My reviews always aim to be spoiler-free, but I will give you two little vague tidbits about the outcome of this novel.  One, the end battle is epic!  Two, I cried by the end of the book.

If you enjoyed Rot & Ruin, don't miss this.


  1. Thanks for this wonderful review. I'm delighted that you enjoyed the second (of four) adventures of Benny Imura and his crew.

    I'm surprised that you found the presence of the rhino so unusual. There are tens of thousands of wild animals in zoos, circuses and private collections. A large percentage of them would probably escape (according to the zoologists, biologists, vets, and animal experts I interviewed when researching this book). Most of them agree that rhinos, elephants, various herbivores (gazelles, etc.), hyenas, and monkeys would proliferate. The dominant predator, however, would be the wild boar. So...they'll show up on FLESH & BONE.

    There are thirteen pages of free prequel scenes for ROT & RUIN available on the Simon & Schuster webpage for the book.

    And there are twenty-five pages of free scenes set between ROT & RUIN and DUST & DECAY. Here’s a link to the main page; access the scenes by clicking on the banner that reads: READ BONUS MATERIAL BY JONATHAN MABERRY:

    Benny Imura and his friends will return in FLESH & BONE (2012) and FIRE & ASH (2013)

  2. Thanks for stopping by, and commenting! I look forward to reading the continuation of this story.

    You're absolutely right about the animals. It just took me by surprise so much.

  3. Aww, and here I was hoping that "Sending in the rhinoceros" might be the new "Jumping the shark." :p In all seriousness though, I'm glad that the series is still going strong. It sounds like this will be a good addition to the library.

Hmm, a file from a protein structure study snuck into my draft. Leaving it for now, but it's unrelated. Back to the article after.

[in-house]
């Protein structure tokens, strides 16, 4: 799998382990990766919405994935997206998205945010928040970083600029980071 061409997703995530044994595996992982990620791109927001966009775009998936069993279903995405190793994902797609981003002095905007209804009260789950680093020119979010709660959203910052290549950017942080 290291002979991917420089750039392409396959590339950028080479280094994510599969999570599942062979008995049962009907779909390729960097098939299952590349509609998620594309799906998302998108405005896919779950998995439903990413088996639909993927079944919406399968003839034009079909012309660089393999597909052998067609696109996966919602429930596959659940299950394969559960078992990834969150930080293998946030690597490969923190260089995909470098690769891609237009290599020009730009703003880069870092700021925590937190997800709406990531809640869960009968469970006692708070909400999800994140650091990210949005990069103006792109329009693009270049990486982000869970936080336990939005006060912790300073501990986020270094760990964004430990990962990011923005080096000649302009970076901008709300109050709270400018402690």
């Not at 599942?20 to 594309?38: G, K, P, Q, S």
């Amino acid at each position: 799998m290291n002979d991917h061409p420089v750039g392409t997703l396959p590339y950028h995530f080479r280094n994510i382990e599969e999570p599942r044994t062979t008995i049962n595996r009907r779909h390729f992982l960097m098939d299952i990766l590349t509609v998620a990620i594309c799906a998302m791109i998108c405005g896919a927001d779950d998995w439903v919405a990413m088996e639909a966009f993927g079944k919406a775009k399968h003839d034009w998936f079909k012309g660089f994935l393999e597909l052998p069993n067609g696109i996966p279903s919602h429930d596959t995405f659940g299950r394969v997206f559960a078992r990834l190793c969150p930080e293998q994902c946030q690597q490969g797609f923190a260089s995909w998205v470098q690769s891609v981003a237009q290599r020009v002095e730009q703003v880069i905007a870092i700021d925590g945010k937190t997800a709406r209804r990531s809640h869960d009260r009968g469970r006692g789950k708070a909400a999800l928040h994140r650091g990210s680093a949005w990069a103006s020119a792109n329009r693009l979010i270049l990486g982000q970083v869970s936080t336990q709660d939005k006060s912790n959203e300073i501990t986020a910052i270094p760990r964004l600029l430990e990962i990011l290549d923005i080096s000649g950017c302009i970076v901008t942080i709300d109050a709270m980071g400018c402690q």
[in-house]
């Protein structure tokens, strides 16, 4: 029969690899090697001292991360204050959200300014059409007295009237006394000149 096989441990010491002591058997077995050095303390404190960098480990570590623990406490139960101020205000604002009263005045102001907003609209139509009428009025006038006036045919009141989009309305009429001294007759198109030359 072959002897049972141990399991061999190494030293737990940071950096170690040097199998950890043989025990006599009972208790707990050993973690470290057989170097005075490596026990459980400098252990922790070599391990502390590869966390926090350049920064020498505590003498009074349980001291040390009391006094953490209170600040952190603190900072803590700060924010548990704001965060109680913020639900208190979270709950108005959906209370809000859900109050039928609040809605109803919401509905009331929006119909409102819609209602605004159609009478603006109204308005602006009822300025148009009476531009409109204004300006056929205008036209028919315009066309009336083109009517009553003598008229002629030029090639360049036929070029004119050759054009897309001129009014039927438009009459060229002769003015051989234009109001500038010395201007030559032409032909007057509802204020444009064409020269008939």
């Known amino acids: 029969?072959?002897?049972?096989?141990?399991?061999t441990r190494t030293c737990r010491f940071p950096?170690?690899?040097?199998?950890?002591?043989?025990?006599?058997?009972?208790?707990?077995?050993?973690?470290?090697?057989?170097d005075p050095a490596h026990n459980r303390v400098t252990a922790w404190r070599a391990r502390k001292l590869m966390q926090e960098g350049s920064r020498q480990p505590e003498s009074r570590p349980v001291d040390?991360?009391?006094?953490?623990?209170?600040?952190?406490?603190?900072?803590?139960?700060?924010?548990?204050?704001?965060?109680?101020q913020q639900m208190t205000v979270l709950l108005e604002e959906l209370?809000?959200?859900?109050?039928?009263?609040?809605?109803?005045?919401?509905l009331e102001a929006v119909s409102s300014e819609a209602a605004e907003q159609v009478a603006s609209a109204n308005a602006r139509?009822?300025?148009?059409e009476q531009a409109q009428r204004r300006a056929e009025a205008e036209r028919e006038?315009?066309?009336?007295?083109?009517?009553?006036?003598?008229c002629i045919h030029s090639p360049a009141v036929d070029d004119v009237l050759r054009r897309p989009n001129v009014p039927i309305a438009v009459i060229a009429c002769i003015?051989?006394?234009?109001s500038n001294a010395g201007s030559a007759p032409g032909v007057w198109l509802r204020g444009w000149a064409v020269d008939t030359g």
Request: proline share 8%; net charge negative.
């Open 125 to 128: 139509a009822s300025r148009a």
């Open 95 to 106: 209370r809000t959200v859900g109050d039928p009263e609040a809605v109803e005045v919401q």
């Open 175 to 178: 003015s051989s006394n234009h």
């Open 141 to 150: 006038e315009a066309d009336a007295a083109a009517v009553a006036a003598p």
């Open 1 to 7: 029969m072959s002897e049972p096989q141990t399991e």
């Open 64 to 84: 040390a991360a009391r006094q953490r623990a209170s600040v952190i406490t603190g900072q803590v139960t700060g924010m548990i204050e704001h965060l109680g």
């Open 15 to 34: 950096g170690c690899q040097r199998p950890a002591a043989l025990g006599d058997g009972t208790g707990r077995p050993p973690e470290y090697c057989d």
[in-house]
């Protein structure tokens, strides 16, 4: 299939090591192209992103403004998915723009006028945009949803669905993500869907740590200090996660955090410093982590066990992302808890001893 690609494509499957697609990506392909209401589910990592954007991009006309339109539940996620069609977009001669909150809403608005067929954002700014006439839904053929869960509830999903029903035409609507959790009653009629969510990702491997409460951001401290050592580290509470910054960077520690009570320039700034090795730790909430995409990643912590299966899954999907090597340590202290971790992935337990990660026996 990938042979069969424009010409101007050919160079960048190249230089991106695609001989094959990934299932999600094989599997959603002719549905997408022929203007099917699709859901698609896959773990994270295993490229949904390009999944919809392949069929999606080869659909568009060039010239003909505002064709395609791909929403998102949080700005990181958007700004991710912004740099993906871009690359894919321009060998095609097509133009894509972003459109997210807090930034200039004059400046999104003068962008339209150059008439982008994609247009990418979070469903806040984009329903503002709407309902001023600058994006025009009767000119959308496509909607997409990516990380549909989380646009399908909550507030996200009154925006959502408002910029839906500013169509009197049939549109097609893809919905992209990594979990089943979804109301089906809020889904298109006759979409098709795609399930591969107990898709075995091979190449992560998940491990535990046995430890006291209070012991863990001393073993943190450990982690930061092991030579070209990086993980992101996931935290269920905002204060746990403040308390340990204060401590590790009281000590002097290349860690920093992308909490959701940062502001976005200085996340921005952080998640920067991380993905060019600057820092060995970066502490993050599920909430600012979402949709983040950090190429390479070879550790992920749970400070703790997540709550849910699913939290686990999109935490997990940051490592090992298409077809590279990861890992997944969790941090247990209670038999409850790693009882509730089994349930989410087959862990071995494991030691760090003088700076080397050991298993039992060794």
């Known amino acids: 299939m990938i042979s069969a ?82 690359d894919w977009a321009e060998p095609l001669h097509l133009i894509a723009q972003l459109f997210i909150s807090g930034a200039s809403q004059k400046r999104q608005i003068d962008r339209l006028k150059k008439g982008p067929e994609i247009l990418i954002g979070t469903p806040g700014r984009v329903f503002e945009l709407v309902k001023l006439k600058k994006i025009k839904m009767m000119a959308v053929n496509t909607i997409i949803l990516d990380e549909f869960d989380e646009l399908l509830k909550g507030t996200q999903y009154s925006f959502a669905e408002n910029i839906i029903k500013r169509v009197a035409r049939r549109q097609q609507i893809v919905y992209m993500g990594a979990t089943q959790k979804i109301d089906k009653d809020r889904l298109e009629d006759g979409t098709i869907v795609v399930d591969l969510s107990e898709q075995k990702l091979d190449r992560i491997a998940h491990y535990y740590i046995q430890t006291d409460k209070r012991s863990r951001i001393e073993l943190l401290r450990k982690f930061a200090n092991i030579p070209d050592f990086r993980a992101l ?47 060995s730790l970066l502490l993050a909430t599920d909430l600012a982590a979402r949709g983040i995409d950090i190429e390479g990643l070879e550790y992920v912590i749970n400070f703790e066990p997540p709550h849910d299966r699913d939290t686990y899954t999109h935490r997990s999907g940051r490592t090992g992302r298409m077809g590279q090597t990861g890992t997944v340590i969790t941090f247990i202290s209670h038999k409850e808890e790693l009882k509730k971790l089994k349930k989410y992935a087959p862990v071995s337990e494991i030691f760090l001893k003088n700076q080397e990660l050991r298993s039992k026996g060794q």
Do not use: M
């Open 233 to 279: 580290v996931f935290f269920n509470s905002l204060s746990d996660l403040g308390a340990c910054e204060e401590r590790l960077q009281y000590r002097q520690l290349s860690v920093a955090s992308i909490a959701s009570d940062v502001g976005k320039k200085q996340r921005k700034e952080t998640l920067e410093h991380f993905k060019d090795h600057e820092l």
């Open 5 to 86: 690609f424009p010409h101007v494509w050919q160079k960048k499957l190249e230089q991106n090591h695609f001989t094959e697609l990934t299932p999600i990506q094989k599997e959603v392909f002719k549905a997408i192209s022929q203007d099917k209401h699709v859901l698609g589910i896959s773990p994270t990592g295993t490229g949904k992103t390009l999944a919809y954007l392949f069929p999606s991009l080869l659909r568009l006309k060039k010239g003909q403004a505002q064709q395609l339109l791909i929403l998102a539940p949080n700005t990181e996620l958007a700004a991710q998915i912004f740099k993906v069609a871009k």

4. I really love this series and have enjoyed both "Rot and Ruin" and "Dust and Decay". I'm not sure what it says about me that the rhino totally didn't bother me.

    Something did bother me, though, and that was the lack of usage of the wakazashi and Tom's stated reasons for it. As a female practitioner of kendo, it bothered me the implication that wakazashi were used primarily as a suicidal weapon. Most women from samurai families were permitted to practice and carry wakazashi as weapons and I know more than a few very good offensive moves with them, personally. They're also fairly handy for the removal of an opponent's head, though it's a short, chopping movement rather than the full-body swing of a katana stroke. If Tom mentioned that the shorter length brings you too close to a zombie for safety and the close range is too dangerous for practical use, I could accept that. But don't call it a coward's weapon. It wasn't. And isn't.

    1. Thanks for sharing that tidbit, Linn. I didn't know that.

    2. I love using the wakazashi. I'm better suited for it than a katana, personally, so I get a little twitchy about it. :D